The new you… and persecution’s reward
“Blessed are those who are persecuted because of righteousness, for theirs is the kingdom of heaven.” (Matthew 5:10)
Yesterday, we talked about how Jesus encourages us to embrace the possibility of persecution. This is because the persecuted are in a place to shake heaven and earth. The new you actually longs to be in that place. Making a difference. Declining to blend into the background – refusing to wear camo gray in a world that desperately needs black and white defined. Persecution is a badge of honor, reserved only for those who will take their stand for God’s truth in the midst of a world that seeks to blur all the lines of morality and truth.
Jesus came to be Light in the darkness. And He calls each of us to be the same.
Scripture gives us examples of those who have embraced their Savior – and also embraced the suffering that can come to those who refuse to love Him timidly.
One of those examples is Stephen, who was one of the very first deacons (Acts 6-7). Described as a man “full of faith and of the Holy Spirit,” Stephen “was doing great wonders and signs among the people.” You would think that this would make everyone happy. But no. There was a group of people that began to attack Stephen’s character, and eventually, Stephen found himself falsely accused of blasphemy.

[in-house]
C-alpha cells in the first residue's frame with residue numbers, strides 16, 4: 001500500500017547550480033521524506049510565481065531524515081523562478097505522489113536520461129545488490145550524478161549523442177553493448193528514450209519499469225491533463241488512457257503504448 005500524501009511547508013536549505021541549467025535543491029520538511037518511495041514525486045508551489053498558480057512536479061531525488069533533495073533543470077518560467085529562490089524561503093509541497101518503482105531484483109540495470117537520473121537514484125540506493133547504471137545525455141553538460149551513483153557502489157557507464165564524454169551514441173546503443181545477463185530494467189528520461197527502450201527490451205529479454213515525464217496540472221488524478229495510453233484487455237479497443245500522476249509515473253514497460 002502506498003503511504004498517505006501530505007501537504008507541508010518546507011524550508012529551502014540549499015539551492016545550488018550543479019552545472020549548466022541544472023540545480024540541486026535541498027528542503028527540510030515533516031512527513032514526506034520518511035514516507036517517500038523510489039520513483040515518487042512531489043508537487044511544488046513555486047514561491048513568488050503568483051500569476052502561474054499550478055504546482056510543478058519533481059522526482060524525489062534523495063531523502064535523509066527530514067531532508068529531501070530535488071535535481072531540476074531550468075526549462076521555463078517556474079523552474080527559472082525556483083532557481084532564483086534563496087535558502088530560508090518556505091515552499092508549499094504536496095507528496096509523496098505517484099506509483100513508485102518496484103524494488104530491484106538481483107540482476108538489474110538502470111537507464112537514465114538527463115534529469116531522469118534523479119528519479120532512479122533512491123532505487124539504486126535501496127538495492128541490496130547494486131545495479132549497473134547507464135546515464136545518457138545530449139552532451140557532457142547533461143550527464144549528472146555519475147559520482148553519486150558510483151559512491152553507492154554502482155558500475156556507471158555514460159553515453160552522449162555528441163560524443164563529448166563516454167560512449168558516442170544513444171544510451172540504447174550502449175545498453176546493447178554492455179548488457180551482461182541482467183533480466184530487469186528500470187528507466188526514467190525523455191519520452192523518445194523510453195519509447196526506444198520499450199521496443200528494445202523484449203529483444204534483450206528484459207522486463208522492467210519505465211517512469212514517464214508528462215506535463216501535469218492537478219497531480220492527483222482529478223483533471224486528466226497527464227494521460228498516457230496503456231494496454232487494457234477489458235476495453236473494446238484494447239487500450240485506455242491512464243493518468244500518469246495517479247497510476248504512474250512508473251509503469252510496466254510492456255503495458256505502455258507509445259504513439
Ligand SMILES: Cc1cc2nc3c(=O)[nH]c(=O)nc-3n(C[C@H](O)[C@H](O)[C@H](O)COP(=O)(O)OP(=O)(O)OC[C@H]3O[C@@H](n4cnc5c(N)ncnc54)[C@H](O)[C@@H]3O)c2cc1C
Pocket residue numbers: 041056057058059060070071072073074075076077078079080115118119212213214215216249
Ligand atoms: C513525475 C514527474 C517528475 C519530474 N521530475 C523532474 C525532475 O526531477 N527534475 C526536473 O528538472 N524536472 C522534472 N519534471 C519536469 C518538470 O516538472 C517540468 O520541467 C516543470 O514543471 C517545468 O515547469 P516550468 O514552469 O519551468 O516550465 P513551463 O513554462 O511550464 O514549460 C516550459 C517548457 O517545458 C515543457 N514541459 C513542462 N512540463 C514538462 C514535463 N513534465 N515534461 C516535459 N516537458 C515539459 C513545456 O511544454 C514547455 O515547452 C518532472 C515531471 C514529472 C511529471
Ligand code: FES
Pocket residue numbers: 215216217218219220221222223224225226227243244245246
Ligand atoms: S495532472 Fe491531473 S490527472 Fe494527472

At Stephen’s “trial,” false witnesses were brought in to assure his conviction. Stephen’s own defense (taking up many verses) reflects upon how God had moved among His people through the years. Stephen concluded with an outburst of truth that focused on the fact that his Master (and the Savior of all the Jews) had been betrayed and murdered by these same people who were accusing him now.
Stephen’s reward for doing God’s mighty works, and for speaking His truth? Death by stoning (heavy rocks thrown at the victim until his body is crushed and fatally broken). But HOW Stephen died, at the hands of those persecuting him, is remarkable. He died seeing a vision of God in Heaven, with Jesus standing (not sitting) at the Father’s right Hand. And Stephen’s last words were full of grace and forgiveness: “Lord, do not hold this sin against them.” (Sound familiar?)
Stephen reminds us that those who are willing to lay it all on the line for Jesus, end up living like Jesus, acting like Jesus, and talking like Jesus. And in Stephten’s case, being betrayed and murdered just like Jesus.
This is the kind of people we are called to be. With a willingness to live for God’s truth that leaves us open to the fullness of what God can do through our lives.
With that amazing possibility comes the possibility of persecution. The darkness always fears and curses the Light – and darkess will seek to resist what it hates.
But the new you is unafraid to be “dishonored” for His Name. You have counted the cost – and count it all joy…
Prayer focus: Help me, Lord, to be totally unashamed of Your Name.